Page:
Did you participate in summer festivals?
Summer festivals were the best opportunities I had to practice my orchestral playing before winning a job and the closest simulation to a career as a professional orchestral musician without actually having one. I attended the National Repertory Orchestra (NRO), Spoleto Festival USA, and the Tanglewood Music Center (TMC). Each has a different focus. NRO is about performing as much repertoire as possible in eight weeks. Spoleto is a four-week whirlwind of standard orchestral repertoire, opera, and contemporary works, where attendees are treated as professionals and paid a small stipend. TMC is the ultimate setting for collaboration with and nurture from world renowned conductors and members of the Boston Symphony.
Aside from learning the skills of orchestral playing, summer festivals were very helpful in developing what has now become my professional network. I clearly remember sitting at the welcome meeting at NRO where the director, Carl Topilow, told us that all of the people around us could one day become our colleagues. It seemed incredibly abstract and grandiose at the time, but he was right. I now play in the same orchestra as five others whom I originally met at a festival. I have also gotten work outside of my orchestral jobs from my connections with musicians I met at these summer programs. When given the choice, musicians will choose to work with people they know and like. Remember to always be gracious and courteous to the people you play with as you never know when they might be a future colleague.
What are the duties of the assistant or associate principal flutist?
Now that I am in my second orchestra as assistant principal flute (or associate as it was named in Cincinnati), I feel like I have a real sense for the idiosyncrasies of the position and have enjoyed the opportunities and challenges that come with the job. As assistant principal, one is expected to be the chameleon of the section, performing mostly the role of principal flute and alto flute, but always with the chance of filling in on second flute or piccolo depending on the needs of the section.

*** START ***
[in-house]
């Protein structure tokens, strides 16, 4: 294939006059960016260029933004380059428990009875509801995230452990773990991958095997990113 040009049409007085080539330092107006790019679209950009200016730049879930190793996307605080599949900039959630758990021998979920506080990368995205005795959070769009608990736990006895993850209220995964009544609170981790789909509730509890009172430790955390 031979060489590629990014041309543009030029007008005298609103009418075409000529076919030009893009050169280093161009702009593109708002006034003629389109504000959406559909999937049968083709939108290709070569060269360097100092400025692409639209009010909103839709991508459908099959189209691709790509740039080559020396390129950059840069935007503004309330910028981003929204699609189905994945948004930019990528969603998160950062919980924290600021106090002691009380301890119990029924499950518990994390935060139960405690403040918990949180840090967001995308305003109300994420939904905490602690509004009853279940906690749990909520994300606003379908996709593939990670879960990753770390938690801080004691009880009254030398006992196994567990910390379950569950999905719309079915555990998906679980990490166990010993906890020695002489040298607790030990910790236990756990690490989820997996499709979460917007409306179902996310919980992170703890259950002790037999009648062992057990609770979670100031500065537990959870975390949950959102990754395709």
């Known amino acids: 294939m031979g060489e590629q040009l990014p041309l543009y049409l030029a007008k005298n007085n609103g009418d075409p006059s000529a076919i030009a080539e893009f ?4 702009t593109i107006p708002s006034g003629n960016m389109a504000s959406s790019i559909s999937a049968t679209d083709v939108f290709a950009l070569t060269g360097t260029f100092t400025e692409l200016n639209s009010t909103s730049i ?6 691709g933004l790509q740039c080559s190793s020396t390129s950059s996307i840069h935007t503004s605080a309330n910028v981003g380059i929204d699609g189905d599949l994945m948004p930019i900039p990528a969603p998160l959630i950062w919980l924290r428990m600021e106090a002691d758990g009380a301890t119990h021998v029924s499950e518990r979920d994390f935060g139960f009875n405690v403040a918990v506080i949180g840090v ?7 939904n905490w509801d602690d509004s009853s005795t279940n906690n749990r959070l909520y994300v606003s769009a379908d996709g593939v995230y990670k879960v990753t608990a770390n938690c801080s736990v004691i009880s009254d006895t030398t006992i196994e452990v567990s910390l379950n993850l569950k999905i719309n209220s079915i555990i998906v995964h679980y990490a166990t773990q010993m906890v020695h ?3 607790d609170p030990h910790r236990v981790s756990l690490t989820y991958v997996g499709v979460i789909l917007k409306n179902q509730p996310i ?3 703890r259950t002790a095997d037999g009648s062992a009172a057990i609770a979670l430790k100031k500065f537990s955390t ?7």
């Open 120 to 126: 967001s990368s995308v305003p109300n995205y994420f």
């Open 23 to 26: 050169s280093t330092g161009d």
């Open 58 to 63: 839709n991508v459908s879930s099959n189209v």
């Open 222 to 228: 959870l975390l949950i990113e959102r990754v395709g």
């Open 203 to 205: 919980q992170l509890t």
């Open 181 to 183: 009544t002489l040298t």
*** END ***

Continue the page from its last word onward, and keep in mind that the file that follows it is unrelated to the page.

A typical concert for me includes playing principal flute on the overture and the concerto. One of the perks of the job is getting to go home at intermission most weeks, although I do like to stick around from time to time to listen to my colleagues. There are some challenges that are specific to performing the first half of a concert. First is playing the delicate role of accompanying the concerto soloist. It is a challenge that I am happy to rise to since it means playing with incredible musicians such as Emanuel Ax, Garrick Ohlsson, Gil Shaham, Evelyn Glennie, and Midori. Another challenge is playing new works, often premieres, which do not have recordings yet. I am always in the library looking at the score and writing in cues and trying to get a sense of how the piece goes before the first rehearsal.
I see my responsibilities on piccolo with the orchestra as both a challenge and an opportunity. Piccolo is harder for me than flute, but I recognize that this is simply because I do not practice it as much. I can expect to play piccolo a fair amount during the season, such as when there is a second piccolo part on a Mahler symphony or when our piccolo player takes time off. I always know in advance and take care not to cram my preparation. For me, piccolo just takes more time to be at a comfortable level. As long as I plan ahead, it can be fun to have a different role every once in a while.
The same goes for alto flute, although I definitely prefer playing alto to piccolo. For me, this is a real treat of my position. I still have to prepare far in advance to get used to the quirks of the instrument, but it is such a joy for me, it does not really feel like work.
Assistant principals also play the pops concerts. A lot of orchestral musicians might disagree, but I find pops concerts to have their own set of challenges, things that are not really discussed in music school. Playing with a swing feel was not something that came naturally to me at first, but we are expected to play in a jazz style a lot of the time. It is not unusual to have only one rehearsal for a pops concert. Many times certain pieces will not even be rehearsed since the orchestra plays them frequently. If you are new to the orchestra, it can be very disconcerting to have to play a piece for the first time at the concert! I learned very quickly to always prepare a little more than I think is necessary just in case this happens.
What advice do you have for a rookie orchestral musician?